Has prov'd her right, and A. B. C.

Of Angles three

Is shown to be of equal side;

And now our weary steed to rest in fine,

'Tis rais'd upon A. B. the straight, the given line.





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||| Analysis | Critique | Overview Below |||

.: :.

Rich, I've been thinking futrher about your observation. You may not have the time, but would you be willing to do a little research for our class on Sunday? It'd be fun to hear your response to this question: What is modern science as explained by M. Waldman, and how does it differ from the theories of Agrippa and the other scientists Victor studies in his youth? Nothing too long, but just give us a sense of the difference between the Occult and physical sciences. That is, if you're inclined and have the time!

| Posted on 2014-03-04 | by a guest


.: :.

The cheering may be sinlet, but it's still there. We love you Adam. You really can do this. And by plugging away, you're giving many some much-needed inspiration. Keep at it, even through the plateau, because this slow period won't last forever. You're doing great! x x

| Posted on 2014-03-03 | by a guest


.: :.

Marsha, well, I reread The Rime of the Ancient Mariner. It was worth it! I'd foergtton so much of it. However, I don't have much to add to my earlier post. Here's a tidbit: Mary Shelley recalls having heard Coleridge recite the Rime when she was nine years old, so clearly it made quite an impression on her! I think one way to make the comparison, generally speaking, between Frankenstein and the mariner, is to say that they both are forced to roam the earth telling their story as a form of penance. Hence, they are both driven and haunted by their past. Some of the lines that I'd foergtton were in the Rime are toward the end: He prayeth best, who loveth best/All things both great and small;/ For the dear God who loveth us,/ He made and loveth all. (lns. 615-19)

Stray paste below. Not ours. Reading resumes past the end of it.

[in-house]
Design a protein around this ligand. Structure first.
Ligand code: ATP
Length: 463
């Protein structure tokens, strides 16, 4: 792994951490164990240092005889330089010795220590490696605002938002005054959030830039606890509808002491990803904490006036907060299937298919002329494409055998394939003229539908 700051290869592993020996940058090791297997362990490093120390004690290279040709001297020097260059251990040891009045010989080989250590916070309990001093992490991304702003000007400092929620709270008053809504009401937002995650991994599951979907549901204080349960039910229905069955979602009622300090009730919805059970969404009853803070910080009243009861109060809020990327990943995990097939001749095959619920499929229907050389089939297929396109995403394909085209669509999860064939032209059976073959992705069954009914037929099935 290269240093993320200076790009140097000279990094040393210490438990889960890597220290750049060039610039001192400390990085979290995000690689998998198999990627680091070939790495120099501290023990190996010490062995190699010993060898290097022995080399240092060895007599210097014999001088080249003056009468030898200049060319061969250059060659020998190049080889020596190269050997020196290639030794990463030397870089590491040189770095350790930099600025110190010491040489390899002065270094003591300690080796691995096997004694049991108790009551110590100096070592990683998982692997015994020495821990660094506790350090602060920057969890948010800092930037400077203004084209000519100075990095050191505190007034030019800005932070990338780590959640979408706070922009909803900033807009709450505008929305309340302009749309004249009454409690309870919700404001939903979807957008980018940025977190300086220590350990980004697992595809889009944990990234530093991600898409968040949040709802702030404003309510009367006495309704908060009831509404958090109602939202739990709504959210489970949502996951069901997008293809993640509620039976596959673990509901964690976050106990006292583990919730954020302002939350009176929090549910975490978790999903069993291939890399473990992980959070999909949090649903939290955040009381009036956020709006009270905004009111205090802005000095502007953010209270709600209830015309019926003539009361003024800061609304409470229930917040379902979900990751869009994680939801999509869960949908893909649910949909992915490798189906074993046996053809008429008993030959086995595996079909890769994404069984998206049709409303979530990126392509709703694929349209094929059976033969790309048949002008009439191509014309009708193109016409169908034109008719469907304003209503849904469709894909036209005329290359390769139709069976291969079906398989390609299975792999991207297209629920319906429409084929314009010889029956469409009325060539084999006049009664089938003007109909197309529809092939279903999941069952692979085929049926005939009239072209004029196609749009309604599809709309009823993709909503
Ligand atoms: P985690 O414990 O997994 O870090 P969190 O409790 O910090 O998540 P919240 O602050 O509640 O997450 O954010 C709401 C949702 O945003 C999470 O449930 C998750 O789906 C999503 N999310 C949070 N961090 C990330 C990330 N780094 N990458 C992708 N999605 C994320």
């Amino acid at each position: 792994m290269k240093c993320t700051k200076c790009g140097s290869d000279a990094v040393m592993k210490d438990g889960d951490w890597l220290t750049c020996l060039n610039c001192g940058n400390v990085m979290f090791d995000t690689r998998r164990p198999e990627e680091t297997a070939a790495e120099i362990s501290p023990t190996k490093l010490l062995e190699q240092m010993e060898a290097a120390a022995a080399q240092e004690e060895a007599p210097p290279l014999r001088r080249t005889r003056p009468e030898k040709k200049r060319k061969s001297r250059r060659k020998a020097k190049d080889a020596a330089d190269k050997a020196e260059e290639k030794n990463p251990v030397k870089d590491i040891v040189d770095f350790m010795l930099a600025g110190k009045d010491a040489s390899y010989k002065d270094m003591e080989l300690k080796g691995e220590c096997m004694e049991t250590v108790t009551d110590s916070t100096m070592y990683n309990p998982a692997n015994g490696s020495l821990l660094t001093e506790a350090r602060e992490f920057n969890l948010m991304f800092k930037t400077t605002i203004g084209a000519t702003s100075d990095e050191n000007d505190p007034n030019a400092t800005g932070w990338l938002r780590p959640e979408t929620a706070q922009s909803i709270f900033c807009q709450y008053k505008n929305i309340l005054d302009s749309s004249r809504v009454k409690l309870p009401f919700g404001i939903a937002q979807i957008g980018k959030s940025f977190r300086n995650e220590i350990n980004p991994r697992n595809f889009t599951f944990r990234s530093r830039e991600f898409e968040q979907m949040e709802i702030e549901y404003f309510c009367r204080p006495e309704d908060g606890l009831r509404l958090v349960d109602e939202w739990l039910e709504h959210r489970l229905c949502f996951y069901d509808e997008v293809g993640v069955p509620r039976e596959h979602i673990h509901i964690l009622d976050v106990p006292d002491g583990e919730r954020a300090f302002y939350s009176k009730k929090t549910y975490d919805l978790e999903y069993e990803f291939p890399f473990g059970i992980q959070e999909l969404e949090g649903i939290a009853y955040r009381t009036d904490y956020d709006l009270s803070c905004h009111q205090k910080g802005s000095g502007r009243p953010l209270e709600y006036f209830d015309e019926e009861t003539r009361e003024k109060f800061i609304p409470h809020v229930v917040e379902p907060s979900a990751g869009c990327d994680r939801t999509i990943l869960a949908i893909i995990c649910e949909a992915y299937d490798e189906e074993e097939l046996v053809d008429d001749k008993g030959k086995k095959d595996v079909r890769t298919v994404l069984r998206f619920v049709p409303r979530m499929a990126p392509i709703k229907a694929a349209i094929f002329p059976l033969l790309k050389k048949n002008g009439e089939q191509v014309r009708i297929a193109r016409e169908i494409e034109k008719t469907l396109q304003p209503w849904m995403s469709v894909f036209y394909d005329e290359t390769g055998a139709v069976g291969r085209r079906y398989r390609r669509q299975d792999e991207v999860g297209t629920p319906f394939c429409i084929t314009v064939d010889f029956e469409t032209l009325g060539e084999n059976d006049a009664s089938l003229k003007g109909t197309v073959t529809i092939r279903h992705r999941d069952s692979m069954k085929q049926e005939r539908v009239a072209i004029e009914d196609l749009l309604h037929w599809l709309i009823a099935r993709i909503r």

| Posted on 2014-03-03 | by a guest


.: :.

Nice observation, Rich. That asepct of last Sunday's conversation, the whole galvanization piece we touched on, is something that really intrigues me. The great Carl Jung did lots of research into alchemy, mining these ancient tomes, as well as ancient gnostic texts, for psychological and spiritual insights. As far as its role in the novel, it seems important to note that Victor switches his devotion from Agrippa to the more respectable sciences while at Ingolstadt, as his professors found Agrippa to be nonsense. It's only as Victor gives up his prejudices again modern chemists that his education takes off. Then, as he pursues such natural philosophy (science), he ends up burning with the Promethean desire to bestow animation upon lifeless matter (1.3). I guess I'm saying that I agree that this is a cautionary tale about pushing the boundaries of knowledge, but I'm not so sure that the tension lies so much between the occult and the physical sciences as somewhere else that's harder to name perhaps. Still, you're right on target, I think, with Frankenstein being a cautionary tale.

| Posted on 2014-03-03 | by a guest


.: :.

There is a shift when the speaker changes from speaking about only math to speaking about how mathematicians cannot even dispute with math (hinting that they become controlled by it). There is another shift where the speaker begins to talk about very unrelated issues such as the government which shows that the speaker is becoming slightly frazzled by the complicated subject of geometry.

| Posted on 2011-04-27 | by a guest


.: :.

I love this poem, it is giving math the imagination. Math needs some...fun. This is a wonderful poem showing how math can be!

| Posted on 2010-09-09 | by a guest